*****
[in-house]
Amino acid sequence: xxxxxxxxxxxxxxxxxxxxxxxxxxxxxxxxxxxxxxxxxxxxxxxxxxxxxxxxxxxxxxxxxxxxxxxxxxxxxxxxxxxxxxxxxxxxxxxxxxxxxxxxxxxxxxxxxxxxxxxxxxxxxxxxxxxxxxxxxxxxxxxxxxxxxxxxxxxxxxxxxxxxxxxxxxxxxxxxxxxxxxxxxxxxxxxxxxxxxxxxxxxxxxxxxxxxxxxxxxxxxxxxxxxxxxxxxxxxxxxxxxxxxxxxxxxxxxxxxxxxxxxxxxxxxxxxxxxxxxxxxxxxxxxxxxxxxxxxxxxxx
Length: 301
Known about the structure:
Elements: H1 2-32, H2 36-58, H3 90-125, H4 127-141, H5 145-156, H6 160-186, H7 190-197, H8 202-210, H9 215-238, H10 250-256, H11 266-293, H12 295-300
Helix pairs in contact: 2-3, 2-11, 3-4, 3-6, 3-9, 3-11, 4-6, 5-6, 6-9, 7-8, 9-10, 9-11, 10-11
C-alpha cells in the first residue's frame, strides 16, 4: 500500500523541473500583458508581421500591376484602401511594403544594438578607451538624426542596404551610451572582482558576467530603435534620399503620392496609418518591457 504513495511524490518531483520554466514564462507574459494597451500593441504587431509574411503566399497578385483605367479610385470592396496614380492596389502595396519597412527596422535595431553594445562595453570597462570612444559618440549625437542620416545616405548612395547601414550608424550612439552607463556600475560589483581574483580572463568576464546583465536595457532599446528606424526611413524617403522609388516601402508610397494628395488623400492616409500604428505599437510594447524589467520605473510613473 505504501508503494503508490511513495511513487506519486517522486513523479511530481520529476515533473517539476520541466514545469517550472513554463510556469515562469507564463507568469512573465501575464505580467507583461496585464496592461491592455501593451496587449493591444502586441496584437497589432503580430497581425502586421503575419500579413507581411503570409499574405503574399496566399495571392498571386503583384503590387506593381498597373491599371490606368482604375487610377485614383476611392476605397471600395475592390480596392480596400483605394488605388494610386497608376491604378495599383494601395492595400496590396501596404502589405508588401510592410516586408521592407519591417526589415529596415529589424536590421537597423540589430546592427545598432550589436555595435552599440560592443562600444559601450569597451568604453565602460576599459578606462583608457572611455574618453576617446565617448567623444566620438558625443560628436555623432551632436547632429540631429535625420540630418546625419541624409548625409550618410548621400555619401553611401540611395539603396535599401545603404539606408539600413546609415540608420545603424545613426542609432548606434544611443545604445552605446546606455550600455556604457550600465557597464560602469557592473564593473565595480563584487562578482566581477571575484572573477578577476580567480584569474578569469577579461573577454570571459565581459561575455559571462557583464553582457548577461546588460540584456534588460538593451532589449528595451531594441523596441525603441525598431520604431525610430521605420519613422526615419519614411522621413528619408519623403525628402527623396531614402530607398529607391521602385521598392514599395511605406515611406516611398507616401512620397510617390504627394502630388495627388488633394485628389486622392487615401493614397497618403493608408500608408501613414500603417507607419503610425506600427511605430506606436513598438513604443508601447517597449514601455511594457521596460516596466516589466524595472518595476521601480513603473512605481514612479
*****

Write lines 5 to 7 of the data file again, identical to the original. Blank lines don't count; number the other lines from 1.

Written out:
Elements: H1 2-32, H2 36-58, H3 90-125, H4 127-141, H5 145-156, H6 160-186, H7 190-197, H8 202-210, H9 215-238, H10 250-256, H11 266-293, H12 295-300
Helix pairs in contact: 2-3, 2-11, 3-4, 3-6, 3-9, 3-11, 4-6, 5-6, 6-9, 7-8, 9-10, 9-11, 10-11
C-alpha cells in the first residue's frame, strides 16, 4: 500500500523541473500583458508581421500591376484602401511594403544594438578607451538624426542596404551610451572582482558576467530603435534620399503620392496609418518591457 504513495511524490518531483520554466514564462507574459494597451500593441504587431509574411503566399497578385483605367479610385470592396496614380492596389502595396519597412527596422535595431553594445562595453570597462570612444559618440549625437542620416545616405548612395547601414550608424550612439552607463556600475560589483581574483580572463568576464546583465536595457532599446528606424526611413524617403522609388516601402508610397494628395488623400492616409500604428505599437510594447524589467520605473510613473 505504501508503494503508490511513495511513487506519486517522486513523479511530481520529476515533473517539476520541466514545469517550472513554463510556469515562469507564463507568469512573465501575464505580467507583461496585464496592461491592455501593451496587449493591444502586441496584437497589432503580430497581425502586421503575419500579413507581411503570409499574405503574399496566399495571392498571386503583384503590387506593381498597373491599371490606368482604375487610377485614383476611392476605397471600395475592390480596392480596400483605394488605388494610386497608376491604378495599383494601395492595400496590396501596404502589405508588401510592410516586408521592407519591417526589415529596415529589424536590421537597423540589430546592427545598432550589436555595435552599440560592443562600444559601450569597451568604453565602460576599459578606462583608457572611455574618453576617446565617448567623444566620438558625443560628436555623432551632436547632429540631429535625420540630418546625419541624409548625409550618410548621400555619401553611401540611395539603396535599401545603404539606408539600413546609415540608420545603424545613426542609432548606434544611443545604445552605446546606455550600455556604457550600465557597464560602469557592473564593473565595480563584487562578482566581477571575484572573477578577476580567480584569474578569469577579461573577454570571459565581459561575455559571462557583464553582457548577461546588460540584456534588460538593451532589449528595451531594441523596441525603441525598431520604431525610430521605420519613422526615419519614411522621413528619408519623403525628402527623396531614402530607398529607391521602385521598392514599395511605406515611406516611398507616401512620397510617390504627394502630388495627388488633394485628389486622392487615401493614397497618403493608408500608408501613414500603417507607419503610425506600427511605430506606436513598438513604443508601447517597449514601455511594457521596460516596466516589466524595472518595476521601480513603473512605481514612479